“It breaks them; breaks their spirit. Is the hope there? No. It’s gone.”
Part of the issue is down to a set of guidelines imported from Canada that social housing providers use to determine how many people can live in one room, say community housing organisations.
The Canadian National Occupancy Standards determine room sharing, based on the ages and gender of those living in them. A girl aged 11 years-old and a boy aged 9 years-old cannot share a room for example, and there are two people to a room tops.
The guidelines are there to prevent overcrowding and minimise health-risks associated with cramped living but those working in community housing say they’re too restrictive and not culturally appropriate for a Pacific nation.
Ms Memea said it can be the difference between a family getting a home or being forced into precarious living.
The chair of Te Puea Marae, Hurimoana Dennis, said housing is about more than just bricks and mortar. Photo: RNZ Insight/Eva Corlett
Up the road from Monte Cecilia’s emergency accommodation is Te Puea Marae, in Mangere Bridge. It opened its doors to homeless families two years ago and was swamped. One of the biggest challenges is finding homes for large families.
It’s chair Hurimoana Dennis said Māori families don’t reflect typical Pakeha families with two parents, two kids and a couple of pets. It was far more likely for multi-generations to be living under one roof, he said.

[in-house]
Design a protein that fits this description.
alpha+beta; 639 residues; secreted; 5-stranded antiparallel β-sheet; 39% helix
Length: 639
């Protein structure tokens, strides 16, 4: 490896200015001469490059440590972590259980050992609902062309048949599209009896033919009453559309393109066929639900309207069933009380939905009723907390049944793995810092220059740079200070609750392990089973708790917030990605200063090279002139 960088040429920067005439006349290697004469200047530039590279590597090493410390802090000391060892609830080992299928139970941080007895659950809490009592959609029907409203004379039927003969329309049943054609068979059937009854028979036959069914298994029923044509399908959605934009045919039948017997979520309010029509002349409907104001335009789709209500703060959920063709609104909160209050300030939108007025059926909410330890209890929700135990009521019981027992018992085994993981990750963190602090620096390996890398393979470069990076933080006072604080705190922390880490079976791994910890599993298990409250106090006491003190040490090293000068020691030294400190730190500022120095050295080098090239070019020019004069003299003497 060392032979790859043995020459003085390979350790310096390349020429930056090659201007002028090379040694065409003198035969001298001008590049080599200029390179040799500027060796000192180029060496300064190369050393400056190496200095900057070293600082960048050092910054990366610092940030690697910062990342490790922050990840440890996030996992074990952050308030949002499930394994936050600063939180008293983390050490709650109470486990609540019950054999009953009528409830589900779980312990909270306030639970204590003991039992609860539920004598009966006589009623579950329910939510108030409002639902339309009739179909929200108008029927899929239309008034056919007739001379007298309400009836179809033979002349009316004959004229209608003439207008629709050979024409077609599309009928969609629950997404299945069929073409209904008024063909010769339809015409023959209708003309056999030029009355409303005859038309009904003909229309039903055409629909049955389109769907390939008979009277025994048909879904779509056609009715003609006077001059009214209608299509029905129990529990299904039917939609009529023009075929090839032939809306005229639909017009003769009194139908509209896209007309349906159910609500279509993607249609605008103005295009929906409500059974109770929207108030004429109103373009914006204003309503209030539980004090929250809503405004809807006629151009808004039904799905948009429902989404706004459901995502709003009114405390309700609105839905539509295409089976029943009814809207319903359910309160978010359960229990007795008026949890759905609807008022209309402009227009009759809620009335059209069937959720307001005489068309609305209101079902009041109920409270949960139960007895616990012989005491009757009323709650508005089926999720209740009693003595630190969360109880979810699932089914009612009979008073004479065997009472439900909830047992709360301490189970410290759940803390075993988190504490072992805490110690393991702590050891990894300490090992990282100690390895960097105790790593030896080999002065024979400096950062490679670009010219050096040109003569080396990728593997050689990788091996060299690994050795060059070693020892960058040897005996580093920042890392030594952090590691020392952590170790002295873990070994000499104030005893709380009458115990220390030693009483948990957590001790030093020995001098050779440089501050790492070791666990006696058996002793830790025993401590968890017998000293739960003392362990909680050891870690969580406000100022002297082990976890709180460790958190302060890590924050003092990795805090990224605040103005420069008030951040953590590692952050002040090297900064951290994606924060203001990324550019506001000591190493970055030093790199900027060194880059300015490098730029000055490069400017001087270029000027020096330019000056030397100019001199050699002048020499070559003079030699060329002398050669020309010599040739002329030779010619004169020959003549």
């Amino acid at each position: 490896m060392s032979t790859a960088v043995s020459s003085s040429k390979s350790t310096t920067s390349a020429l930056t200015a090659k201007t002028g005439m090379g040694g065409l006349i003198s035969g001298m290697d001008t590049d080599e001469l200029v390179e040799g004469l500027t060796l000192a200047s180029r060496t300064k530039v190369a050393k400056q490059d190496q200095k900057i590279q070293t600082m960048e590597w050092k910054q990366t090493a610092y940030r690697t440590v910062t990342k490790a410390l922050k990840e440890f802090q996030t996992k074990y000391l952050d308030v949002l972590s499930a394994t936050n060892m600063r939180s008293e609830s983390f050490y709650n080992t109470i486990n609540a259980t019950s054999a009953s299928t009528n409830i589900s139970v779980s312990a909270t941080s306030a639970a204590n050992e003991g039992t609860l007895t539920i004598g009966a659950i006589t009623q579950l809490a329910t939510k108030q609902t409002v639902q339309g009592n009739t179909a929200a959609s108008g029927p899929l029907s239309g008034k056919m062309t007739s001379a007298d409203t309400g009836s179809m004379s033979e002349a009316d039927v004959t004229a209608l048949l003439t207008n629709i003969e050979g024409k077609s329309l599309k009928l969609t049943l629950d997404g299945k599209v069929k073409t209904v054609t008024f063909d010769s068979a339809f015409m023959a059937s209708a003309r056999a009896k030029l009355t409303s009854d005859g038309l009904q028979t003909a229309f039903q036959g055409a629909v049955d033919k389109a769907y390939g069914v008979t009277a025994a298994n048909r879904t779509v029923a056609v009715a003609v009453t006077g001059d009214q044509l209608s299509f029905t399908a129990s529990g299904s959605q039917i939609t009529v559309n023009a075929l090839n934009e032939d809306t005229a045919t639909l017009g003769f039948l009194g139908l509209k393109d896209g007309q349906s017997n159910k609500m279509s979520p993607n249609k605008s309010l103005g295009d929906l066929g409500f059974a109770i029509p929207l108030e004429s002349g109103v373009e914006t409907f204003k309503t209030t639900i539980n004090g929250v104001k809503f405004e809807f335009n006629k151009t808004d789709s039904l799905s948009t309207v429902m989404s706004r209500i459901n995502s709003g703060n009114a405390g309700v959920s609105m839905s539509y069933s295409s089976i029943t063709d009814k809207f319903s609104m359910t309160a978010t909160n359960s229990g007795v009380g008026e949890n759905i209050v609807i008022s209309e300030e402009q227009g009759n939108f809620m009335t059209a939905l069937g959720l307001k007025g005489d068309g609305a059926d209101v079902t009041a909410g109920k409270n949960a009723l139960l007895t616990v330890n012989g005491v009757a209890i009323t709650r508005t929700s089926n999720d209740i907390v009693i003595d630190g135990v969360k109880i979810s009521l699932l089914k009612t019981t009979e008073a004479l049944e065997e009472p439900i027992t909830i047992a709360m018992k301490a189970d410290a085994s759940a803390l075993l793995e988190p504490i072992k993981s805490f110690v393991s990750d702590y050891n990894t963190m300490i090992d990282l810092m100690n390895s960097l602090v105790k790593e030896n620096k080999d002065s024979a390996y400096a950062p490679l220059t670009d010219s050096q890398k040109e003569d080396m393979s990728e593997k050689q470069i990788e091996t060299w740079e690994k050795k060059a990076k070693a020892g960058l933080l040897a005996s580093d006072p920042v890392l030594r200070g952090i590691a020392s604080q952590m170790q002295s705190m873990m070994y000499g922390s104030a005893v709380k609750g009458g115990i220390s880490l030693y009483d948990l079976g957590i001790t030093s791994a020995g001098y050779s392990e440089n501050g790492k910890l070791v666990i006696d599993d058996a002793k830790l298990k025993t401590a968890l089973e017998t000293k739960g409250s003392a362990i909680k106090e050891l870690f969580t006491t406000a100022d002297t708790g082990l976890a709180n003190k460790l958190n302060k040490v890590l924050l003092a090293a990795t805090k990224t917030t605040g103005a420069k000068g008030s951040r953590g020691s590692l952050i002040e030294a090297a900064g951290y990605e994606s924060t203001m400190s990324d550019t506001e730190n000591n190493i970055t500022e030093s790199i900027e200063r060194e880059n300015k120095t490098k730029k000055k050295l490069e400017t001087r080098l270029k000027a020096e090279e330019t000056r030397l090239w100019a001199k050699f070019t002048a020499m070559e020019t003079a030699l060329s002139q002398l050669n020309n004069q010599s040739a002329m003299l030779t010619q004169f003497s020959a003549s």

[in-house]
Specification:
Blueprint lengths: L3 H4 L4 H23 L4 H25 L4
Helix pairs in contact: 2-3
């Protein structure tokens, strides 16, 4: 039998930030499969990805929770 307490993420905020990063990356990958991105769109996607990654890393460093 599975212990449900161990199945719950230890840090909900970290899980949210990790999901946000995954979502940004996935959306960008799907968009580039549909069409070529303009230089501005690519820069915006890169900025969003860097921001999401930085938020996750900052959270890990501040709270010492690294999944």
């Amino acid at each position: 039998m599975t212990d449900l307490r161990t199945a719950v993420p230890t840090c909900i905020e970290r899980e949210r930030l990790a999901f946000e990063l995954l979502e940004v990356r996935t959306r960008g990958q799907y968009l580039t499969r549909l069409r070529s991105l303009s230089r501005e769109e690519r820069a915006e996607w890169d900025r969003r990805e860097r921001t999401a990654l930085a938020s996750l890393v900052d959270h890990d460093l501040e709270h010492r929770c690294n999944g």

The focus on housing families from these communities goes beyond just putting up houses.
“Bricks and mortar is a good sell – you can touch it and cut the ribbons – but there hasn’t been a lot of thought about the character of the families we’re putting in them.”
Te Puea Marae encourages families to cook and clean after themselves. Photo: RNZ Insight/Eva Corlett
Other community providers such as the Airedale Property Trust and Te Taha Māori Property Trust echo calls for partnership, saying government won’t remedy the housing crisis alone – especially when it comes to matching the needs of Māori and Pasifika. Those groups believed the government must continue to financially support and encourage community providers.
Te Taha Maori trust chair Arapere Ngaha. Photo: RNZ Insight/Eva Corlett
Housing Minister Phil Twyford appears open to new models of ownership and design.
“With Māori and Pacific, there is a particular aspiration to have inter-generational living,” he said, and traditionally, New Zealand hasn’t built housing that “meets those aspirations”.
But KiwiBuild and large scale developments offered an opportunity to rethink housing, Mr Twyford said.
The government plans to work with iwi, housing groups and the private sector to build homes, including for those with inter-generational needs, he said.